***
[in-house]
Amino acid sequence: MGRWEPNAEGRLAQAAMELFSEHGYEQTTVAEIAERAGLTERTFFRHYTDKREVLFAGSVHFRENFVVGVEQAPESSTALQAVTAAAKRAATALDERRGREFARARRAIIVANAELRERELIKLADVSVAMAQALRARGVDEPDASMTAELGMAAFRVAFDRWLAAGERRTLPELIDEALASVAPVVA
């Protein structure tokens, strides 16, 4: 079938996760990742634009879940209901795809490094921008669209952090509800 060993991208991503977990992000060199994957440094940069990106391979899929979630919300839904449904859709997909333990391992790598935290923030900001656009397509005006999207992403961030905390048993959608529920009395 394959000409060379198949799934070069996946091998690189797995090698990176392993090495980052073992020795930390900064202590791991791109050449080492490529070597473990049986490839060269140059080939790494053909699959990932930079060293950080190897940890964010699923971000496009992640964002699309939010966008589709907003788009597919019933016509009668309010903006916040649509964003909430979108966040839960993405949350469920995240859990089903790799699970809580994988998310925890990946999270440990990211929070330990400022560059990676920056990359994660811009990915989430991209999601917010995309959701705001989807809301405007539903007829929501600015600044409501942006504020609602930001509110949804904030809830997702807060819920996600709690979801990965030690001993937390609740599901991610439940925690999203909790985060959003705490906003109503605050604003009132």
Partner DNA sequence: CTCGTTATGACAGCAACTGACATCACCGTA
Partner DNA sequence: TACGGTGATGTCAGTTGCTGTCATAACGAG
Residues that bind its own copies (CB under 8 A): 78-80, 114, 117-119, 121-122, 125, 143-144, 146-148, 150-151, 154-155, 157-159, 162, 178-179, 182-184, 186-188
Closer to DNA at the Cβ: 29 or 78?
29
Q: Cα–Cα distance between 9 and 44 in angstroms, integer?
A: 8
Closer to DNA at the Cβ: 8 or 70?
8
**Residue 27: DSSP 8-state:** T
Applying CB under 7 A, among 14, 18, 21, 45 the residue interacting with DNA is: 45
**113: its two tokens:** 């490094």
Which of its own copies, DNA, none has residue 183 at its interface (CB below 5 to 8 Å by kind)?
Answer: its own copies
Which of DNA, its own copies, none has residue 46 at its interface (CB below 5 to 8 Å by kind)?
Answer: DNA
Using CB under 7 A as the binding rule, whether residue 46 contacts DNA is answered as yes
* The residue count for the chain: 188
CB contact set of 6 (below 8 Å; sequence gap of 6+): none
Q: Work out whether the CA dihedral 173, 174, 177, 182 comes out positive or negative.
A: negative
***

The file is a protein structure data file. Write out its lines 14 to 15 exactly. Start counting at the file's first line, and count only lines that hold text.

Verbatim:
Applying CB under 7 A, among 14, 18, 21, 45 the residue interacting with DNA is: 45
**113: its two tokens:** 């490094």